Back when I was in the fifth grade (way back in the stone ages of 1990 or so) my class was visited my one of the families in my neighborhood to demonstrate how they used their computer. That doesn’t seem too unusual, even for 1990, but these folks were blind. They showed us how they set up passwords, wrote documents, and several other things (no Internet access at the time, so that was right out). I thought it was kind of interesting, but I admit that I never really gave it much of a thought after that. I don’t really want that to sound insensitive, I know people personally who need some kind of accessibility to do anything with their computer, but I tend to have an ‘out of sight, out of mind’ issue and don’t really give it much consideration.
However, that changed for me a bit a few months ago, when the place I work for hired a blind intern. Most workplaces are required to make reasonable accommodations for employees with disabilities, and one of the first things that I did was to connect this person’s laptop to our wireless network, by putting in our top-secret password. When I sat down at his laptop to do that, I wasn’t expecting to hear his screen reader reading every bit of text on the screen at a dizzying pace, including the text that I was putting into the password box (see here). I was briefly intrigued by it, since I had never had direct experience with a screen reader before. The intern turned out to be pretty self-sufficient, so I didn’t really have much to do with his computer after that, and, again, I kind of put the experience to the back of my head.
Until I started using a text-based browser more to help me tear through my newsfeeds more quickly. I then started remembering back on those experiences, and how computers and the Internet are wonderful tools, if you’re in possession of the full compliment of senses. Heck, even if you’re missing one or more senses, you can pretty easily get a lot of utility out of the Internet and the absolutely enormous wealth of information out there. Unless, one of those senses you’re missing is sight. The World Wide Web is made better by contributions from everyone, even people I don’t agree with (maybe even especially from people I don’t agree with), but it has evolved into a highly visual medium. For a number of people, that means that there’s a lot of content on the Internet (which is becoming a dominant form of information interchange) that is tough or impossible for them to get to.
This is kind of a problem, because we’re cramming so much functionality into your web browser that web apps and web pages are kind of replacing traditional desktop programs for a lot of things (for better or worse). And that means that if you’re one of the six million or so people in the US with some kind of visual impairment, you may have a tough time getting to the content.
This presents kind of a problem for web designers. Several of the web designers I know like to use the latest technologies to make their pages visually striking, or dynamic in some way, which is fine. Great, even. They want to show off their artistic and designer chops, and that’s something that I can appreciate. However, when you get down to the crux of the matter, web pages are all about the content. Content that attracts clicks and drives that ad-revenue. So, why would you ever want to put your content in a place where someone couldn’t get at it? There are a couple of reasons that I see mentioned. Mostly that designing websites for accessibility is hard, and that designers can’t design new whiz-bang sites using new technologies if they’re being held back by having to use a text-based browser to check for screen reader support.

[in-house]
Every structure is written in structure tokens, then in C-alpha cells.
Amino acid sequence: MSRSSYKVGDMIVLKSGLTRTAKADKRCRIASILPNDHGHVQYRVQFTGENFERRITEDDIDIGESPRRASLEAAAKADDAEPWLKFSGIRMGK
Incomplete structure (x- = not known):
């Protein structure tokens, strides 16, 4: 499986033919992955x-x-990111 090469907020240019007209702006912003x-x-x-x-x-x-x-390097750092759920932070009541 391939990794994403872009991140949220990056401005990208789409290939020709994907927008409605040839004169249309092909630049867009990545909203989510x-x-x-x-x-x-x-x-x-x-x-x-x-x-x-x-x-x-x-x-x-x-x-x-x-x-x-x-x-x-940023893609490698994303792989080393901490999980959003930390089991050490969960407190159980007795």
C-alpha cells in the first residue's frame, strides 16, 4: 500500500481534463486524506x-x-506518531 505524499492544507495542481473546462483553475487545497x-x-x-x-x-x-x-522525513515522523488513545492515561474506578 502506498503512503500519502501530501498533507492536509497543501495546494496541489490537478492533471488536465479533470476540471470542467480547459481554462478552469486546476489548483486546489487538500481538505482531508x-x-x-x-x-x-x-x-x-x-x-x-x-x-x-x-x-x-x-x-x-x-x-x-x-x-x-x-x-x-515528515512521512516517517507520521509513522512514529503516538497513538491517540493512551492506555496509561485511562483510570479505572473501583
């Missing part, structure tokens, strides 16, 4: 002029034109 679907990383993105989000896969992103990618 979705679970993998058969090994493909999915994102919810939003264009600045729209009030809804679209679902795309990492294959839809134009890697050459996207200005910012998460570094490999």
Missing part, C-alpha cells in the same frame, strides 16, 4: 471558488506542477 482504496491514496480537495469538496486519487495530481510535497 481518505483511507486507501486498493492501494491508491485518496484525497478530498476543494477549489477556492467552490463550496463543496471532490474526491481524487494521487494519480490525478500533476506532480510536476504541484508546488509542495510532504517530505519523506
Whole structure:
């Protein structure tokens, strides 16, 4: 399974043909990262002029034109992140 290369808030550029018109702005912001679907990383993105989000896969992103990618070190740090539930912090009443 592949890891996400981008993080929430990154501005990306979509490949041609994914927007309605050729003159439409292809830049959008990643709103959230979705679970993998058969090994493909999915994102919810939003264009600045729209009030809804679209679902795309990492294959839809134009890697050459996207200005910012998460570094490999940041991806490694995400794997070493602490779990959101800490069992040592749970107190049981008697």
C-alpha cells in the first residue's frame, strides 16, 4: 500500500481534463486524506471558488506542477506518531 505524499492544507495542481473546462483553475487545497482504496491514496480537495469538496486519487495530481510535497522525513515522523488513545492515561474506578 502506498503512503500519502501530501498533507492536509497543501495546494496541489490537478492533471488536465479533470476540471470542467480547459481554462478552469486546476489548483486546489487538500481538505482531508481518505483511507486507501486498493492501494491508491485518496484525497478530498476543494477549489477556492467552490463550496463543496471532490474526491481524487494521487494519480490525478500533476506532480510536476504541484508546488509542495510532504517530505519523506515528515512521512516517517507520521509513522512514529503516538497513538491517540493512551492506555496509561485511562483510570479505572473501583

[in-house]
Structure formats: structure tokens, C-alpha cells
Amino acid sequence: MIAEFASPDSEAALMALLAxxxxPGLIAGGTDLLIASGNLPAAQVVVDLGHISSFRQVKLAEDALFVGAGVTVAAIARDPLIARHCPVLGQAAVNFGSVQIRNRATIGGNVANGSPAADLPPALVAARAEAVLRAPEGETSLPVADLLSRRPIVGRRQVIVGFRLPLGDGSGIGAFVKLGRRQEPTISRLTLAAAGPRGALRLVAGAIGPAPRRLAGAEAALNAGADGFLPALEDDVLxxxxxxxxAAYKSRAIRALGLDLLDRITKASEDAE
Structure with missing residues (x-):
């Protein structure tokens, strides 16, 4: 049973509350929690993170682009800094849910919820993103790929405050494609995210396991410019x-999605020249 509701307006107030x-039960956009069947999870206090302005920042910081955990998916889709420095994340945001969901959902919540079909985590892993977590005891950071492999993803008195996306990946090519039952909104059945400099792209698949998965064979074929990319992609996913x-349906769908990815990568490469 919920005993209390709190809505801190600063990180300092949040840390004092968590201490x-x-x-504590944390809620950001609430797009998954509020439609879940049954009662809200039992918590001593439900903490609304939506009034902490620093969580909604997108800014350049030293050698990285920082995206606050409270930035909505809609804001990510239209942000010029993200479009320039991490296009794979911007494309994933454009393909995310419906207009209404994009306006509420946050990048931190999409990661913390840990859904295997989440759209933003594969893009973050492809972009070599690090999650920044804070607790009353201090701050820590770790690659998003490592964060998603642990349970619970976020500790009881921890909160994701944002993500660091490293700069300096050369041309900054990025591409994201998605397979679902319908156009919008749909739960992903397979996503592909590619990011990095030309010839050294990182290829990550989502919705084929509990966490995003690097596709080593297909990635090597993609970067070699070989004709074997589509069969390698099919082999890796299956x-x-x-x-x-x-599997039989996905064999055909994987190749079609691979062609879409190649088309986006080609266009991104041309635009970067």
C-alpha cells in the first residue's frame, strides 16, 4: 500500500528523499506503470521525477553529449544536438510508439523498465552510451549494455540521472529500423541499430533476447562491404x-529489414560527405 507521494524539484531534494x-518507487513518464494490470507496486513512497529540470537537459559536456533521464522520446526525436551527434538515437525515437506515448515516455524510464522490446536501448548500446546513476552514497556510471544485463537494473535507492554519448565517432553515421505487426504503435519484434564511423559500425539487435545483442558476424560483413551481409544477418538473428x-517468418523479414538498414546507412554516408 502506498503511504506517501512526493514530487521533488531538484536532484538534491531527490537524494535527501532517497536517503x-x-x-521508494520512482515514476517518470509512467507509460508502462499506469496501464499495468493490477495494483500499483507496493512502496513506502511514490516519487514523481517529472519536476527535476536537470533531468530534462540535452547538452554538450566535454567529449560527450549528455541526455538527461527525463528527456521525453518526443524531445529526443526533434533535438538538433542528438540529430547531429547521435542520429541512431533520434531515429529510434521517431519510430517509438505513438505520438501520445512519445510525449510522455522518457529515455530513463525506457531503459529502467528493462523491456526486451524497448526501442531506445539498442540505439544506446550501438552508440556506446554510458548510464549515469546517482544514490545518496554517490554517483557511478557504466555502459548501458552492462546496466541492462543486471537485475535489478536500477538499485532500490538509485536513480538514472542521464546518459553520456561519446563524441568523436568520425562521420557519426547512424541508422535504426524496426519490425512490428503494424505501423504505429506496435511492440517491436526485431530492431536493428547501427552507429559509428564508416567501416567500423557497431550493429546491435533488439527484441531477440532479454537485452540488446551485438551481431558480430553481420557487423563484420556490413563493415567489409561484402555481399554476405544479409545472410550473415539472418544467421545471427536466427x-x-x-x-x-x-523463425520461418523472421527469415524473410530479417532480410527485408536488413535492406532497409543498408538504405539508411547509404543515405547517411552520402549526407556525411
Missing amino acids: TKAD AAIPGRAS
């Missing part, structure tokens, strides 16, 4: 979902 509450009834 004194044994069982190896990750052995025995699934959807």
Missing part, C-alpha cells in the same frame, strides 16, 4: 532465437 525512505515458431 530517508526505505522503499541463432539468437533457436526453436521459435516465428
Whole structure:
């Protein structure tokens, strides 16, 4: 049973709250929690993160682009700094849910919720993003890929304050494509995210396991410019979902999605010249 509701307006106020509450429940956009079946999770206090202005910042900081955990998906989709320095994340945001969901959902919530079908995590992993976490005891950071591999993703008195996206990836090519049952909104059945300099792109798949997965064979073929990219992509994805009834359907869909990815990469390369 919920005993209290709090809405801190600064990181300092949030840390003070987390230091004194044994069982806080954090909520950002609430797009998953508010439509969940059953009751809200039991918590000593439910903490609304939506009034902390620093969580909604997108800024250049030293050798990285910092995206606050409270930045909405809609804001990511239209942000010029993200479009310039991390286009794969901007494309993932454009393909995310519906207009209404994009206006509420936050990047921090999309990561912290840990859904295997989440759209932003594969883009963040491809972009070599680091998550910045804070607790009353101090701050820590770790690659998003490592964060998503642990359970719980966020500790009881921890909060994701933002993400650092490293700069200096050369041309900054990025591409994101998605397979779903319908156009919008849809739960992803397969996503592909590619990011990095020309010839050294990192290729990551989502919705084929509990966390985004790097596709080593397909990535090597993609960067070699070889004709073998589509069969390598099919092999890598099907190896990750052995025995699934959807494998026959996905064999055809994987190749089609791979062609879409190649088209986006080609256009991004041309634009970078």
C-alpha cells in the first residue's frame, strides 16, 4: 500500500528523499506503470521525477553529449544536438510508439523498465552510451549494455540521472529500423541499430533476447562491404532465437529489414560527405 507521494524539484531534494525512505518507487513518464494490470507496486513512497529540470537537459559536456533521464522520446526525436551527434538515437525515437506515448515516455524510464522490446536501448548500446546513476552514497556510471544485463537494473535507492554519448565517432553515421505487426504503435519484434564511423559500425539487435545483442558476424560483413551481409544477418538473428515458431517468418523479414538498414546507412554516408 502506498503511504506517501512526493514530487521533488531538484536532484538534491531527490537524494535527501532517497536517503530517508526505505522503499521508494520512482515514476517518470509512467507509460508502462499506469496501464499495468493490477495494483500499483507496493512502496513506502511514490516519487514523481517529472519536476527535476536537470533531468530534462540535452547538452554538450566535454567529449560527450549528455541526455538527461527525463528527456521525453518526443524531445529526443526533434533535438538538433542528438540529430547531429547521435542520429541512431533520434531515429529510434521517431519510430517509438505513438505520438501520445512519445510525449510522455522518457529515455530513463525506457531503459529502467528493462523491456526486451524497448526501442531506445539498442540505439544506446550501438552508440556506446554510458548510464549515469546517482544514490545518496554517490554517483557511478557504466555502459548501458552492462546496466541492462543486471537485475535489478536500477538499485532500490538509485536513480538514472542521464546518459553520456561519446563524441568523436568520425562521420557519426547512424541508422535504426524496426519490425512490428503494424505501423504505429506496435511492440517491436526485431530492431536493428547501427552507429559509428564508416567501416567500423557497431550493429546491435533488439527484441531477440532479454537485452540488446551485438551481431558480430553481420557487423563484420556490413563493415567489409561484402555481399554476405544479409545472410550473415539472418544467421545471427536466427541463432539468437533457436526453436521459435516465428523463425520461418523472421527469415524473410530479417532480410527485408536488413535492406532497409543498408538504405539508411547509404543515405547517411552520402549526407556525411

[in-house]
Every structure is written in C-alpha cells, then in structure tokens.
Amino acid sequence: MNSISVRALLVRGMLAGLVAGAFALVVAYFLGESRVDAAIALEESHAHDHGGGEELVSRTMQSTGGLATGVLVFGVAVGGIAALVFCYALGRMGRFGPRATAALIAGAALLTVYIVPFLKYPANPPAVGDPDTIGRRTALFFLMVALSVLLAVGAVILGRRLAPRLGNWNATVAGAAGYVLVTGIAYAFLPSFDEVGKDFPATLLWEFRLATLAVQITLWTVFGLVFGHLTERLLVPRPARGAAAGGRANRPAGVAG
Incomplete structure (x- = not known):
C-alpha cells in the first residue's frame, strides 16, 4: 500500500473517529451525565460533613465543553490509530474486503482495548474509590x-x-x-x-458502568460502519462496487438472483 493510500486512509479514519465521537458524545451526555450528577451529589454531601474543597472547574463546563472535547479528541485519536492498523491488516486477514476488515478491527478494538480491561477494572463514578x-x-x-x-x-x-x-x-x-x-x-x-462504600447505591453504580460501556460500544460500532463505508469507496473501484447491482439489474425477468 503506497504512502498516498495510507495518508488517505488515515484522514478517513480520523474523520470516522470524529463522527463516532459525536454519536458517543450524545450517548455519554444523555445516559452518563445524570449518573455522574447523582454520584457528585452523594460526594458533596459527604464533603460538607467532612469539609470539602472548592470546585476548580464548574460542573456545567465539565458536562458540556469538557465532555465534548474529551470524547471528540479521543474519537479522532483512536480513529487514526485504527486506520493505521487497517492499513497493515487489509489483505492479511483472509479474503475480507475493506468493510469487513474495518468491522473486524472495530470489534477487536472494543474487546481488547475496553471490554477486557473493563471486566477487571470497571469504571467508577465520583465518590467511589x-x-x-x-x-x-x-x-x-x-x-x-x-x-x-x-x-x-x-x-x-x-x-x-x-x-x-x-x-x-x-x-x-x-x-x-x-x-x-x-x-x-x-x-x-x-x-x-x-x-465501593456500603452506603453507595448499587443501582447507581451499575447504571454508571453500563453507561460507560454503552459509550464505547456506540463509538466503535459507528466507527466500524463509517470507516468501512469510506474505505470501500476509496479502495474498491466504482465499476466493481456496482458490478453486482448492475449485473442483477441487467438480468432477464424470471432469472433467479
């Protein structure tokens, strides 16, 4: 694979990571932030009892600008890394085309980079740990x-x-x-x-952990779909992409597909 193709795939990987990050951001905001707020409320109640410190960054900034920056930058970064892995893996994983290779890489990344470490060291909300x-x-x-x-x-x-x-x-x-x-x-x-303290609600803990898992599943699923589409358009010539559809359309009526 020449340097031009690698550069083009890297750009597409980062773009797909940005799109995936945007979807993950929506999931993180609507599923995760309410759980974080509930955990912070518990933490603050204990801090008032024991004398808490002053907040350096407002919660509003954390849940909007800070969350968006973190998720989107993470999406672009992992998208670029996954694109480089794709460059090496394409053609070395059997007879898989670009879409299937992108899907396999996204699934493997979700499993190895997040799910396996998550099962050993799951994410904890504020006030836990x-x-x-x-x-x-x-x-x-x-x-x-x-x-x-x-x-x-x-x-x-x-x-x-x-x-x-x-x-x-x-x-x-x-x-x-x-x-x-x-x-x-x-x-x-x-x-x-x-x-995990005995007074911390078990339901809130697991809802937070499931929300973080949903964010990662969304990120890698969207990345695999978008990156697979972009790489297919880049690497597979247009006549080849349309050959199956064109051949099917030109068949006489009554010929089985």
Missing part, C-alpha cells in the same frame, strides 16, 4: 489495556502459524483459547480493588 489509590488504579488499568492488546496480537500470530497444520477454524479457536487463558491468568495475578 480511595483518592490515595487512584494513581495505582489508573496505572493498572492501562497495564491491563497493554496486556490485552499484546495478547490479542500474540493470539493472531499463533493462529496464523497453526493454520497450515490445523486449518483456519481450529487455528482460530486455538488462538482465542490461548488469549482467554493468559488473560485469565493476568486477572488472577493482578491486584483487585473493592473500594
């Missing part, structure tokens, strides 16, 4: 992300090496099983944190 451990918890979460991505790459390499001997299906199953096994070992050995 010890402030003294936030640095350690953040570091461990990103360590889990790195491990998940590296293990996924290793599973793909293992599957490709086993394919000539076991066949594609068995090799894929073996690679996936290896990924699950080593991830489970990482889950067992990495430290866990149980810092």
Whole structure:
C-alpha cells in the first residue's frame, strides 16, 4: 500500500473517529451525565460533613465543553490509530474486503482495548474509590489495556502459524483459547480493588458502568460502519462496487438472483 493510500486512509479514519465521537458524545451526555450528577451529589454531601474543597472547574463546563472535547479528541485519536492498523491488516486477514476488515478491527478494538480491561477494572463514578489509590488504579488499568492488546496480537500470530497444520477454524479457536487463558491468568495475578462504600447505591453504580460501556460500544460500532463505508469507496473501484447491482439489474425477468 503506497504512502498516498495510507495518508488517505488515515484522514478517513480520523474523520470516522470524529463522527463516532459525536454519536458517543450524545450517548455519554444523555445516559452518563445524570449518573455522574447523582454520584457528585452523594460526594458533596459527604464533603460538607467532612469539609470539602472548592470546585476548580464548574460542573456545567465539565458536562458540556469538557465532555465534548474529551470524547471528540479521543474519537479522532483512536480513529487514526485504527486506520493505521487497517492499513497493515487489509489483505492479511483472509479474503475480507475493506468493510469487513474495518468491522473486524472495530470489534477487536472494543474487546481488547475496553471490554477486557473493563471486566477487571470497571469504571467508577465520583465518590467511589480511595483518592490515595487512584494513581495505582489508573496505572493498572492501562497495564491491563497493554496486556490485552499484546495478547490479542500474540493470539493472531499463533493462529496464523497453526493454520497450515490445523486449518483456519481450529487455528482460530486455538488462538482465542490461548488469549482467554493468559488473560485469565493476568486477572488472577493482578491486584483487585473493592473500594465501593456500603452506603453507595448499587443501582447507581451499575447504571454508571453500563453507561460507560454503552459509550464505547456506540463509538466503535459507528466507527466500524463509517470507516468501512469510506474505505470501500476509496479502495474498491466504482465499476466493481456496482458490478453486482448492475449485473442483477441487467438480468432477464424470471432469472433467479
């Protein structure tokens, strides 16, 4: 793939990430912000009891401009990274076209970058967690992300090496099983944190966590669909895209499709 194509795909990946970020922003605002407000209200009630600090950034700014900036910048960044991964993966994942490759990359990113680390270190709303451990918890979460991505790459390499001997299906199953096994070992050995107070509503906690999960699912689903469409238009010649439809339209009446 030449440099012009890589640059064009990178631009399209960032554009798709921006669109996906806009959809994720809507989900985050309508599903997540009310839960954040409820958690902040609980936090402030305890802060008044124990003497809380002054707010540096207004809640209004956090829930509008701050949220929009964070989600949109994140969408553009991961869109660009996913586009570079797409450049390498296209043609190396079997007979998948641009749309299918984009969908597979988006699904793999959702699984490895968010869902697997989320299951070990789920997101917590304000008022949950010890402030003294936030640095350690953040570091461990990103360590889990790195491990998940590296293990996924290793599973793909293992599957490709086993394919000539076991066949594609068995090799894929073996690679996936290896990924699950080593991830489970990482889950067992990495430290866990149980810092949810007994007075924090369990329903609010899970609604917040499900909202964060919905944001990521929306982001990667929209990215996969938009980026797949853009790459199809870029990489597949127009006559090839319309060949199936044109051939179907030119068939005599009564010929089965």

Those are valid concerns, but I have two suggestions for anyone who really wants to make their content available to the widest possible audience:
- If you really want to know what your web page looks like to a screen reader, download, install, and try to use an actual screen reader instead of trying to fake it by doing a spot-check in Lynx or something similar
Now, if you stuck around this long, you might be asking yourself, “what does this have to do with video games?”. A lot, actually. Even though visually-impaired people don’t really play video games. Oh, wait, they totally do.
Most video games have a huge visual component, there’s no arguing about that. So, a lot of video game “news” sites will fill up their firehose of content with pictures, videos, and the like (besides, a ‘news story’ about a screen shot, is not news). Those can’t really be conveyed in a text-browser or a screen reader, so we’ll discount the posts that are just a screen shot or a video clip or a couple of lame reaction gif images. But the other posts. The ones with the letters and numbers. The thing that most of us are interested in: the text. Those are the ones that I’m mostly interested in. That’s what, if nothing else on the page loads, I should still be able to see. If your page can’t manage that, then I may not come back, and if I do, I probably won’t disable my ad-blocker.
Really, instead of focusing on the fact that you’re building a feature (accessibility) into your site that only a few people have a need for, instead, I would like to see more sites make their content available to anyone who wants to consume it, whether it’s people who have an accessibility issue, or if it’s just a whack job like me who decided to browse with everything but text turned off. Because, hey, we’re all in this thing together.